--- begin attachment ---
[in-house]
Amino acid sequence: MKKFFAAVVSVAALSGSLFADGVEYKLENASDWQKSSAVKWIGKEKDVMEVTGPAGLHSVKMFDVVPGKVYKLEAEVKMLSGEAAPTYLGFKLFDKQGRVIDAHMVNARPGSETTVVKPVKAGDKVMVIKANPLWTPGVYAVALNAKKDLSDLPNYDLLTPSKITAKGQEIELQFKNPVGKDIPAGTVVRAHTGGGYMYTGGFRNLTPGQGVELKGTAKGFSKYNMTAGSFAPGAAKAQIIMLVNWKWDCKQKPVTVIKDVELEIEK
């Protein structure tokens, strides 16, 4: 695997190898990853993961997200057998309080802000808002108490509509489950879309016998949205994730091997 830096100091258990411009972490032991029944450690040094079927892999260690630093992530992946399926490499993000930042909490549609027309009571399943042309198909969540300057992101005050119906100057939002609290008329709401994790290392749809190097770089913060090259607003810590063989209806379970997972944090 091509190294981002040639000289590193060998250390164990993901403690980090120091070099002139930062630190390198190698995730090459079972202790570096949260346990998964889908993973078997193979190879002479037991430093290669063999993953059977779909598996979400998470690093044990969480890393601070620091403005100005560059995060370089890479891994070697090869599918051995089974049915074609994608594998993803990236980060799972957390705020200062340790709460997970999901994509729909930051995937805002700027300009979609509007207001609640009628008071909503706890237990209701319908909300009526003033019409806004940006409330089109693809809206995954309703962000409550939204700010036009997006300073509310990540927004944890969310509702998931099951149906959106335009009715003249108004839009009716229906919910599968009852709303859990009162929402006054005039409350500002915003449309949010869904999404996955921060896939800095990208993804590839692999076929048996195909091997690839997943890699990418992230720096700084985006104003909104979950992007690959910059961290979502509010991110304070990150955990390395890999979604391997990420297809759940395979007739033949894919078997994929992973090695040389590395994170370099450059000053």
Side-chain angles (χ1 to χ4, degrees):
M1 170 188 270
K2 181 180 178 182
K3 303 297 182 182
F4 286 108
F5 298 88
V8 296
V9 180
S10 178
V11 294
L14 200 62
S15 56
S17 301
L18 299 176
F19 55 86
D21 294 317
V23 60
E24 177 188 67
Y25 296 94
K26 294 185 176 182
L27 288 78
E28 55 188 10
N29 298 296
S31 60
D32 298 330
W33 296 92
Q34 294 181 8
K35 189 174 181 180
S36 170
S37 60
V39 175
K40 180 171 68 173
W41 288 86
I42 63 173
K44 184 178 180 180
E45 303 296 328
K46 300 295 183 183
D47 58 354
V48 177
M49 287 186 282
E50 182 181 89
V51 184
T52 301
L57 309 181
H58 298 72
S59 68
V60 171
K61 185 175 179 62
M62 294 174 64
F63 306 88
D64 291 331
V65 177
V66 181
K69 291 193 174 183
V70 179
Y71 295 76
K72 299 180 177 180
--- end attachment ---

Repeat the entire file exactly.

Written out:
[in-house]
Amino acid sequence: MKKFFAAVVSVAALSGSLFADGVEYKLENASDWQKSSAVKWIGKEKDVMEVTGPAGLHSVKMFDVVPGKVYKLEAEVKMLSGEAAPTYLGFKLFDKQGRVIDAHMVNARPGSETTVVKPVKAGDKVMVIKANPLWTPGVYAVALNAKKDLSDLPNYDLLTPSKITAKGQEIELQFKNPVGKDIPAGTVVRAHTGGGYMYTGGFRNLTPGQGVELKGTAKGFSKYNMTAGSFAPGAAKAQIIMLVNWKWDCKQKPVTVIKDVELEIEK
């Protein structure tokens, strides 16, 4: 695997190898990853993961997200057998309080802000808002108490509509489950879309016998949205994730091997 830096100091258990411009972490032991029944450690040094079927892999260690630093992530992946399926490499993000930042909490549609027309009571399943042309198909969540300057992101005050119906100057939002609290008329709401994790290392749809190097770089913060090259607003810590063989209806379970997972944090 091509190294981002040639000289590193060998250390164990993901403690980090120091070099002139930062630190390198190698995730090459079972202790570096949260346990998964889908993973078997193979190879002479037991430093290669063999993953059977779909598996979400998470690093044990969480890393601070620091403005100005560059995060370089890479891994070697090869599918051995089974049915074609994608594998993803990236980060799972957390705020200062340790709460997970999901994509729909930051995937805002700027300009979609509007207001609640009628008071909503706890237990209701319908909300009526003033019409806004940006409330089109693809809206995954309703962000409550939204700010036009997006300073509310990540927004944890969310509702998931099951149906959106335009009715003249108004839009009716229906919910599968009852709303859990009162929402006054005039409350500002915003449309949010869904999404996955921060896939800095990208993804590839692999076929048996195909091997690839997943890699990418992230720096700084985006104003909104979950992007690959910059961290979502509010991110304070990150955990390395890999979604391997990420297809759940395979007739033949894919078997994929992973090695040389590395994170370099450059000053």
Side-chain angles (χ1 to χ4, degrees):
M1 170 188 270
K2 181 180 178 182
K3 303 297 182 182
F4 286 108
F5 298 88
V8 296
V9 180
S10 178
V11 294
L14 200 62
S15 56
S17 301
L18 299 176
F19 55 86
D21 294 317
V23 60
E24 177 188 67
Y25 296 94
K26 294 185 176 182
L27 288 78
E28 55 188 10
N29 298 296
S31 60
D32 298 330
W33 296 92
Q34 294 181 8
K35 189 174 181 180
S36 170
S37 60
V39 175
K40 180 171 68 173
W41 288 86
I42 63 173
K44 184 178 180 180
E45 303 296 328
K46 300 295 183 183
D47 58 354
V48 177
M49 287 186 282
E50 182 181 89
V51 184
T52 301
L57 309 181
H58 298 72
S59 68
V60 171
K61 185 175 179 62
M62 294 174 64
F63 306 88
D64 291 331
V65 177
V66 181
K69 291 193 174 183
V70 179
Y71 295 76
K72 299 180 177 180